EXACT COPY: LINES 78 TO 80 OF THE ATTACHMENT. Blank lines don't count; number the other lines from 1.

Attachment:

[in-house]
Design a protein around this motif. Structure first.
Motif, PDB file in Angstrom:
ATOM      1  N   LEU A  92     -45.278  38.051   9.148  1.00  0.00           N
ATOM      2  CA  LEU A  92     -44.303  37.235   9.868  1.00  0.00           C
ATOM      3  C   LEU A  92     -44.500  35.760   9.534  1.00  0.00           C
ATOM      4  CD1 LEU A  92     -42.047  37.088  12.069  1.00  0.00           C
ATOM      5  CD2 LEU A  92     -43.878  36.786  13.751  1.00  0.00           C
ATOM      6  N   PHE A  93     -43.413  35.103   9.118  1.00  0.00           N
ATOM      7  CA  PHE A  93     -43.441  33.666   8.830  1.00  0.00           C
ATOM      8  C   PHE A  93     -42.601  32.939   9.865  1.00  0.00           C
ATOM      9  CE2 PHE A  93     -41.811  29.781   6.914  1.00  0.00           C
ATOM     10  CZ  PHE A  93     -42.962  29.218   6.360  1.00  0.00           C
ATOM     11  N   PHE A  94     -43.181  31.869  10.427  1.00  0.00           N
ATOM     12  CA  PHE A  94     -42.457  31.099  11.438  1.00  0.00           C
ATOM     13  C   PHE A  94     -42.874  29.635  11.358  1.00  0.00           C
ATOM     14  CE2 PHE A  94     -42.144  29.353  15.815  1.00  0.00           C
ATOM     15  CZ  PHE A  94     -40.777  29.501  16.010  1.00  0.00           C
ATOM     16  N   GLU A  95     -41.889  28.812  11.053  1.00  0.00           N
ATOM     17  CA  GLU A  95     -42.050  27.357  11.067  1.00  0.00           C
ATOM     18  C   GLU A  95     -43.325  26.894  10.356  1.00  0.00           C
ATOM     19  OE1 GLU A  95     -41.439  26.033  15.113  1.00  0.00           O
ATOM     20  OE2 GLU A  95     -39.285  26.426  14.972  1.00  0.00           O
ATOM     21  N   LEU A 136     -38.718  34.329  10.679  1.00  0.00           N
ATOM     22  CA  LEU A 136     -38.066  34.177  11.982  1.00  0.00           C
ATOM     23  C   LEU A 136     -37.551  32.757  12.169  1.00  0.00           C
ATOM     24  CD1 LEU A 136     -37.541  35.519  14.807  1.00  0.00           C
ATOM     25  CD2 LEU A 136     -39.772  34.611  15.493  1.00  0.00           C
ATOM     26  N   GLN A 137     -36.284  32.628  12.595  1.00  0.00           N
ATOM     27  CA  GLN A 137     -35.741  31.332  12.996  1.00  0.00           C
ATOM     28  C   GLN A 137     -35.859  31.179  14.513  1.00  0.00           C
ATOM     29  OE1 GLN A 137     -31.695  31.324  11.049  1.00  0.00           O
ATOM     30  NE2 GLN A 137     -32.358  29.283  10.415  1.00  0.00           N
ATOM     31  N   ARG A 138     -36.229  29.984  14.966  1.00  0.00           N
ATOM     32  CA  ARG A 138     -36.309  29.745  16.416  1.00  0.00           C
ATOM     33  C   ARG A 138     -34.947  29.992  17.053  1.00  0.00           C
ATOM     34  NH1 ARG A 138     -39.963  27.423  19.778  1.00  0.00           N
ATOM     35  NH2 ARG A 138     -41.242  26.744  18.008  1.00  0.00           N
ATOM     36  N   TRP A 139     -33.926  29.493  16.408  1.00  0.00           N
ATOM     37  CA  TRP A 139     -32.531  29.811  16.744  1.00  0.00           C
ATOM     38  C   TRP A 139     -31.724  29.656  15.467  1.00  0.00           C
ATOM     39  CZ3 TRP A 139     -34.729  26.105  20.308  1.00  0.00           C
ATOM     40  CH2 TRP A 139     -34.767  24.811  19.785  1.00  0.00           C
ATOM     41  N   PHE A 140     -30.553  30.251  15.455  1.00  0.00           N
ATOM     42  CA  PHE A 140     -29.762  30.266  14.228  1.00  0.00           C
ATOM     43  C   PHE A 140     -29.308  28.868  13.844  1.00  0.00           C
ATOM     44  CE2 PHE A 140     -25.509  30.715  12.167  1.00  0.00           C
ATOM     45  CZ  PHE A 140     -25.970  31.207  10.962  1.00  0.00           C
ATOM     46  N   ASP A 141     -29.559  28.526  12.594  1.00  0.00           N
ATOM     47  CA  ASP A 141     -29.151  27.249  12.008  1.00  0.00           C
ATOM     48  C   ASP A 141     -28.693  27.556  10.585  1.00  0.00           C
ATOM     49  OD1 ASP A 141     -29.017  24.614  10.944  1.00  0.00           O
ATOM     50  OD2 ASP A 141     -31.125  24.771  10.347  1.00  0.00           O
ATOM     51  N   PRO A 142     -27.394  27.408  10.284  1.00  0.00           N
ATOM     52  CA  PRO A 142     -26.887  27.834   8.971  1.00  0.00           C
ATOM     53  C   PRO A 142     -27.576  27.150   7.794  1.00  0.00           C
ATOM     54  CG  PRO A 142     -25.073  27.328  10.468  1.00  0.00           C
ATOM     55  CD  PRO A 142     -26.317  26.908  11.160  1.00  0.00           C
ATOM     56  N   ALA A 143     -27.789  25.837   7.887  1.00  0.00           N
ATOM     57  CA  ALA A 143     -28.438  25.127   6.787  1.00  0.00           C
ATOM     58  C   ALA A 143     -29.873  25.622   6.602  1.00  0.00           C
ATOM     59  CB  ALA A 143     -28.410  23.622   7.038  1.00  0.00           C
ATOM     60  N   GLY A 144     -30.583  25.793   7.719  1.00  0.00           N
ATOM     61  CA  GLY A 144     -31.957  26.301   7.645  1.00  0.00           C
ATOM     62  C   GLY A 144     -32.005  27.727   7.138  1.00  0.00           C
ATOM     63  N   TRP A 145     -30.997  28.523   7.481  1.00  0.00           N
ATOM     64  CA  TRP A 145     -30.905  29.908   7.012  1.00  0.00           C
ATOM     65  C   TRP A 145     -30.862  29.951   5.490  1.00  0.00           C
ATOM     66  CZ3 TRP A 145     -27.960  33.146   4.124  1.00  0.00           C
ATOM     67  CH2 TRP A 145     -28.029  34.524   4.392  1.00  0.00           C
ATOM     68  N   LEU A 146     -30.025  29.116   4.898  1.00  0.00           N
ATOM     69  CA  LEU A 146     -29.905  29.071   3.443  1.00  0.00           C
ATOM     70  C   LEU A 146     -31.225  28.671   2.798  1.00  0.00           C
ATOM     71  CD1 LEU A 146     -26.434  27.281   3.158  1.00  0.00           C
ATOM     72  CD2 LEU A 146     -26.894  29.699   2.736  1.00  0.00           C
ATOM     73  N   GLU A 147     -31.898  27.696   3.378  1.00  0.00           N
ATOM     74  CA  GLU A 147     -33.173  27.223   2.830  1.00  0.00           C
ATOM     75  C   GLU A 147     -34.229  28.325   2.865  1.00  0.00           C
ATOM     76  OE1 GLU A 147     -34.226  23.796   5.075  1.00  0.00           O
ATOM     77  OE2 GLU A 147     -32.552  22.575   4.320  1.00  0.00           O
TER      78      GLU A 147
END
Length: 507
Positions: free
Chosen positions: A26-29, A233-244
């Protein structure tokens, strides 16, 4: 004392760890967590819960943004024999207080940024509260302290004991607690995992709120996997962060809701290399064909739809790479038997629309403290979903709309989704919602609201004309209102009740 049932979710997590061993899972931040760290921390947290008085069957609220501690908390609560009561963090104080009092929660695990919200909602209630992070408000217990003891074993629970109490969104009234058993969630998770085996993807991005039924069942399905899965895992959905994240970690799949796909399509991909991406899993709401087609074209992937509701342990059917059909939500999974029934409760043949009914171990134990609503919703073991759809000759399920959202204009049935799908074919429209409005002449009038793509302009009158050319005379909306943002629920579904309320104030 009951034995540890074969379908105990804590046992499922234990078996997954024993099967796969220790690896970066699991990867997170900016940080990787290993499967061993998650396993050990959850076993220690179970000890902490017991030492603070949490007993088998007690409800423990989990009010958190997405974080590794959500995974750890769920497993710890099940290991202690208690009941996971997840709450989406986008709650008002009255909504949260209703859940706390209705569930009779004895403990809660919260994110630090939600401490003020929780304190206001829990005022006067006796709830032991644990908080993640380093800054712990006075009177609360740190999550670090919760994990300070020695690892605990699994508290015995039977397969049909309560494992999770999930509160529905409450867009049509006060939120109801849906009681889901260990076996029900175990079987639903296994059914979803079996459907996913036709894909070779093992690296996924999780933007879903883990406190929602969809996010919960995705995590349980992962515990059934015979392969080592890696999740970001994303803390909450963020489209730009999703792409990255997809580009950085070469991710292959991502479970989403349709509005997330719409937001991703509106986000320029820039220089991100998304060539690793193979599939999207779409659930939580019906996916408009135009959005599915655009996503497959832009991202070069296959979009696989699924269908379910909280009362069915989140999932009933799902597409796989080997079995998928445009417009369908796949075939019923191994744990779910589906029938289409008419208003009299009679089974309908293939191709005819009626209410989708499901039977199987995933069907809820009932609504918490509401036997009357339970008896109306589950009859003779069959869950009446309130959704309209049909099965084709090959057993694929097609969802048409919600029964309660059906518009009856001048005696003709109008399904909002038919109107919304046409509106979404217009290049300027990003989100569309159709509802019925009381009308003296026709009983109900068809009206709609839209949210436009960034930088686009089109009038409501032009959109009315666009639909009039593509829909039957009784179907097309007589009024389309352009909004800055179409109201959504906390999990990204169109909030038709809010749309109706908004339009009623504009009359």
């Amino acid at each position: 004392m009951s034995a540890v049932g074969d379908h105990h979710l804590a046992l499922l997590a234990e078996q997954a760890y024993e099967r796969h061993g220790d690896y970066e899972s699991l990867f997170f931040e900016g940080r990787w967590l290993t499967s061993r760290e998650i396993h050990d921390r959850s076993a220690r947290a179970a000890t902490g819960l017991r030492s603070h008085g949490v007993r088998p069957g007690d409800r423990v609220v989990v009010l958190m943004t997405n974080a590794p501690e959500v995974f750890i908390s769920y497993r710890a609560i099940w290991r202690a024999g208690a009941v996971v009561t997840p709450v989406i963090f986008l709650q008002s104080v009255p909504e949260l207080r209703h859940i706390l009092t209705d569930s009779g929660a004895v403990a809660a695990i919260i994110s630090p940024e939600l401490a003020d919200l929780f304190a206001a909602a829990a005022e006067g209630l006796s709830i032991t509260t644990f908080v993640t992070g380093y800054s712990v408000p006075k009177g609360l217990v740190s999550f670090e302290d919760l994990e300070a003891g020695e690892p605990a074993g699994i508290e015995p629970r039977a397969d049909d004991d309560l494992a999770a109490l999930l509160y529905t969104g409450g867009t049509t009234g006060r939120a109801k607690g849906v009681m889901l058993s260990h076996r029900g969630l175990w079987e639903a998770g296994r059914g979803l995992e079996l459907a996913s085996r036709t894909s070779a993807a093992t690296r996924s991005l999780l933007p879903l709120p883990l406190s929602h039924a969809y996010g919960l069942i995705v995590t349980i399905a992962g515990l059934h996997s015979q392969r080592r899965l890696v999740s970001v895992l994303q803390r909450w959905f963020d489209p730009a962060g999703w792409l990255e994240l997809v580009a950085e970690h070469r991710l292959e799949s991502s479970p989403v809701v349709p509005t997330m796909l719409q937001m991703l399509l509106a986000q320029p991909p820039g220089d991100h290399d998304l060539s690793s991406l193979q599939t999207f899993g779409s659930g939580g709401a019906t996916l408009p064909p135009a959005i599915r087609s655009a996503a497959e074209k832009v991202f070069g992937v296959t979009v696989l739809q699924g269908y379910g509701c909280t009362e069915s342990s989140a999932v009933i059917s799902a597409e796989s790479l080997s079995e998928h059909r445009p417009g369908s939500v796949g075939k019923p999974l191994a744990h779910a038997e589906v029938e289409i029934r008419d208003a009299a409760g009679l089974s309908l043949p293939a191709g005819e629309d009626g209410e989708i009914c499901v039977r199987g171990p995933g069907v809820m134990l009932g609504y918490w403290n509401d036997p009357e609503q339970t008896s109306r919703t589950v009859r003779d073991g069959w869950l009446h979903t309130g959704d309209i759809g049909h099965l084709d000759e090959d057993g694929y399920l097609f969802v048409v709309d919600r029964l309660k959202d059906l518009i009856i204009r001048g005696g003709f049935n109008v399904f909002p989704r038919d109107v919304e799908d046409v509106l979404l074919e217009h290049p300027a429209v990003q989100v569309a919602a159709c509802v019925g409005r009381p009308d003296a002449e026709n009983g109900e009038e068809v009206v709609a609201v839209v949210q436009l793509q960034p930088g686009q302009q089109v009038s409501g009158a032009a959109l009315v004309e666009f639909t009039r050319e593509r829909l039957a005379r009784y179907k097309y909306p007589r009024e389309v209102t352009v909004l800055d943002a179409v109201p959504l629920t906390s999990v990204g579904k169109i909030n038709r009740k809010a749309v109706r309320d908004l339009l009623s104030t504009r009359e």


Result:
ATOM     75  C   GLU A 147     -34.229  28.325   2.865  1.00  0.00           C
ATOM     76  OE1 GLU A 147     -34.226  23.796   5.075  1.00  0.00           O
ATOM     77  OE2 GLU A 147     -32.552  22.575   4.320  1.00  0.00           O